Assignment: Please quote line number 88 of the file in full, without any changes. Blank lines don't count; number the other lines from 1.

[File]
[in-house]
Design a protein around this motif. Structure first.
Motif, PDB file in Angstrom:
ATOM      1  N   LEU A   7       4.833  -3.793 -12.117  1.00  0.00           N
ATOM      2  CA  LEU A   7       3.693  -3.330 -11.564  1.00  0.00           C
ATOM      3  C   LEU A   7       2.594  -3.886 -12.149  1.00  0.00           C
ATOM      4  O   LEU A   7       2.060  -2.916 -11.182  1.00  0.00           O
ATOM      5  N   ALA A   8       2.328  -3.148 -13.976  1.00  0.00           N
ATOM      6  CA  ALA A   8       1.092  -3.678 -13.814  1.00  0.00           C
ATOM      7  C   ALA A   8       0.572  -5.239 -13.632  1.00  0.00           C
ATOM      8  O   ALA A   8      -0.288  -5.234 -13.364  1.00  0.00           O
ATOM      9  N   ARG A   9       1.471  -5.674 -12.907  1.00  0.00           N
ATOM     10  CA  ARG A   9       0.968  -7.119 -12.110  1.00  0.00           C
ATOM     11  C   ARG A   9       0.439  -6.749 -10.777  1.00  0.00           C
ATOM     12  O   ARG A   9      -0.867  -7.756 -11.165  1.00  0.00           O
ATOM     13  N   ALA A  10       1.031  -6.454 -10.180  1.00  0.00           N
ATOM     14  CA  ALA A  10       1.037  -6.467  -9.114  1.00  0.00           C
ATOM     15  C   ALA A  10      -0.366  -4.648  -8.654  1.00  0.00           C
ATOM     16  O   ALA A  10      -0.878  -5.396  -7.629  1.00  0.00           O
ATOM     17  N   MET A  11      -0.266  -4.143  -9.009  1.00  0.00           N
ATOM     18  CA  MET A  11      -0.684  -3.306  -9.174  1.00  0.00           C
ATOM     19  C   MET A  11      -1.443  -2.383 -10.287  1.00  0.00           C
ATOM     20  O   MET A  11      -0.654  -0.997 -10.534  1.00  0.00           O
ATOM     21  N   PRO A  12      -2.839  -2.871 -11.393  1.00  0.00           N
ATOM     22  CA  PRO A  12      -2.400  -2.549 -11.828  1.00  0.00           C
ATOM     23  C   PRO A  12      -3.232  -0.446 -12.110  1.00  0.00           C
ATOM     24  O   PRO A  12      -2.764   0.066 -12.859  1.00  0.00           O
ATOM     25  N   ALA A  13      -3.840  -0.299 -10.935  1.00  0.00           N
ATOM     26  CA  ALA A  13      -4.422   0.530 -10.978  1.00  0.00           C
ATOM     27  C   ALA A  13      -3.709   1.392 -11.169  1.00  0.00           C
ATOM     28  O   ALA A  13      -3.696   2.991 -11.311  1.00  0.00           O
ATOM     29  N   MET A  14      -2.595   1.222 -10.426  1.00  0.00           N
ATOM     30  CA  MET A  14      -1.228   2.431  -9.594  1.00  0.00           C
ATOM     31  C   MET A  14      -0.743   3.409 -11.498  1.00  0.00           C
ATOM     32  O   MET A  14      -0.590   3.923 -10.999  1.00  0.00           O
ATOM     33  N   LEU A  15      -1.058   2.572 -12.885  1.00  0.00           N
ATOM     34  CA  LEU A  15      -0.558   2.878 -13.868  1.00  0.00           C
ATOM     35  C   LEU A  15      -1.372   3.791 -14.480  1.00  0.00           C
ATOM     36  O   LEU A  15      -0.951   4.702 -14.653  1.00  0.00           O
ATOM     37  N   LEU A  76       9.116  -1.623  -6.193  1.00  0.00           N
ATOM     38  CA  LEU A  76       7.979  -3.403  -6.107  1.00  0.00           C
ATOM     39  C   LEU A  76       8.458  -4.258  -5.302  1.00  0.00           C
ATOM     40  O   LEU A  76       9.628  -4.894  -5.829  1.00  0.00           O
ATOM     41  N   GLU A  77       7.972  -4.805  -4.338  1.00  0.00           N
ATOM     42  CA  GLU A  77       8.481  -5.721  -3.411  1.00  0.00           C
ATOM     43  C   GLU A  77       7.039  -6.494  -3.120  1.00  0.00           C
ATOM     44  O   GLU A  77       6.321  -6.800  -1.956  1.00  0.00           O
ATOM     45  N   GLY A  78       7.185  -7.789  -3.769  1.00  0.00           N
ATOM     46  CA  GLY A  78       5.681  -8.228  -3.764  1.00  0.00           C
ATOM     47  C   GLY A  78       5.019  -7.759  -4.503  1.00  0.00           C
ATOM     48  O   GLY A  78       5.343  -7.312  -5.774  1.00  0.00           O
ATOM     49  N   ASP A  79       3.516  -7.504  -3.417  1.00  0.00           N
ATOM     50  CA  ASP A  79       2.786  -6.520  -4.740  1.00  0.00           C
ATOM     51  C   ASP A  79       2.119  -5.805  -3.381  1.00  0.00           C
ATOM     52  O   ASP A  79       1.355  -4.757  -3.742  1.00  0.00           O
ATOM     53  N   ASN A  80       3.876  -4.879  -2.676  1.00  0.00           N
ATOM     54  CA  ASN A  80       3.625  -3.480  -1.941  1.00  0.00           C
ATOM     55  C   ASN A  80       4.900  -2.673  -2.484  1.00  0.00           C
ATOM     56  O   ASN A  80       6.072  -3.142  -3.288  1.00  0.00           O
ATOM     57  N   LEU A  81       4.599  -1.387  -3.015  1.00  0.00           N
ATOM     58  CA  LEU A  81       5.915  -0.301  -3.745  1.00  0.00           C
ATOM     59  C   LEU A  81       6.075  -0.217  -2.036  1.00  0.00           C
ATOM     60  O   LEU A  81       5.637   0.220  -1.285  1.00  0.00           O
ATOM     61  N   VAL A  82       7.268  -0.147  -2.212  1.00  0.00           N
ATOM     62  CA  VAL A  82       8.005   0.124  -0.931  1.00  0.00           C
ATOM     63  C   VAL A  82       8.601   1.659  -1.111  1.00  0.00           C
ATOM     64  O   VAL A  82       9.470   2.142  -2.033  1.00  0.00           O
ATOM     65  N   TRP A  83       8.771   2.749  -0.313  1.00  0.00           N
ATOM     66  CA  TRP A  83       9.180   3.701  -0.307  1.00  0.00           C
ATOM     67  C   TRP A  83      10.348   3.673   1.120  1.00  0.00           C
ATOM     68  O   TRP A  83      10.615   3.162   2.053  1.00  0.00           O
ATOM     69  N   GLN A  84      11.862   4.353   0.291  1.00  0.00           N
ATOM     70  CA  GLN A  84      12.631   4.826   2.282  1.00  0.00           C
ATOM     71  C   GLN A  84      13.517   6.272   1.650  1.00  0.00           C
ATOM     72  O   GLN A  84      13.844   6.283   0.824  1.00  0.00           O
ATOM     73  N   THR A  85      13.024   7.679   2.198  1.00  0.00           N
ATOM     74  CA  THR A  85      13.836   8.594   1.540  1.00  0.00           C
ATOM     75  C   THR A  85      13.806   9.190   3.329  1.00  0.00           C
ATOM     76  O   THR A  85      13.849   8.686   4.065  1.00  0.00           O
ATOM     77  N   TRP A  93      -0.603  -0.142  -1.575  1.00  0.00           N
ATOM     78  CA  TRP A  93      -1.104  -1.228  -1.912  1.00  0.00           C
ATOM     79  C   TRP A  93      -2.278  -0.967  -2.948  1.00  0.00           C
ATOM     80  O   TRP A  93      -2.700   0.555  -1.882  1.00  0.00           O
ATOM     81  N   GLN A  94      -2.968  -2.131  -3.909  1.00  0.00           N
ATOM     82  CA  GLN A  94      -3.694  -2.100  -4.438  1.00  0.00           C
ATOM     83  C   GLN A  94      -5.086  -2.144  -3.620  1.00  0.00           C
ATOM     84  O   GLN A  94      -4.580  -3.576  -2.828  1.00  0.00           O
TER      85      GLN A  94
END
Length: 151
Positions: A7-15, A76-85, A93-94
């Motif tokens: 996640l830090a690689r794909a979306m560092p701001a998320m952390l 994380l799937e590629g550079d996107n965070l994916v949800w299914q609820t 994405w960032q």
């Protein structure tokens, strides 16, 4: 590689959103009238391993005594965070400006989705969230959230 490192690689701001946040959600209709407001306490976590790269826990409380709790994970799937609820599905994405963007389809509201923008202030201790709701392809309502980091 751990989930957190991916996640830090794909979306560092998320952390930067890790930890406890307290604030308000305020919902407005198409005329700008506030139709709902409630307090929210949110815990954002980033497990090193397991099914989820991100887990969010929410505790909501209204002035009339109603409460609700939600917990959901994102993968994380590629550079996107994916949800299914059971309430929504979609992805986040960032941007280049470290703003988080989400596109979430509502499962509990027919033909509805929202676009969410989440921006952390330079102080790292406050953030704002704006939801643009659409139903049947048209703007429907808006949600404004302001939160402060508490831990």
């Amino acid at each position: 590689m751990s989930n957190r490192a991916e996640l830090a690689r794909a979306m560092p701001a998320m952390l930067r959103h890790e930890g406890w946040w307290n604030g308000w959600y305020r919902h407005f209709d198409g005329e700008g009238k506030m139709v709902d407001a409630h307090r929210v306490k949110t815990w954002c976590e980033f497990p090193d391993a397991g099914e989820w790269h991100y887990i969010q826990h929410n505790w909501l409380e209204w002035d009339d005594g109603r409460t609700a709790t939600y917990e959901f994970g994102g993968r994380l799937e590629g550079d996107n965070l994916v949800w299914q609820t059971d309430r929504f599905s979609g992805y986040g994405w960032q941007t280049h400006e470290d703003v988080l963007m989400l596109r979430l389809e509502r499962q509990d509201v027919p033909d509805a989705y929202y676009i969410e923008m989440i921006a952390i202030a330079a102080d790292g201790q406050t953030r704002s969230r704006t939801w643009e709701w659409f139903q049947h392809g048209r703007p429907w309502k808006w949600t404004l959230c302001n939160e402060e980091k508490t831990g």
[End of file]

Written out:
TER      85      GLN A  94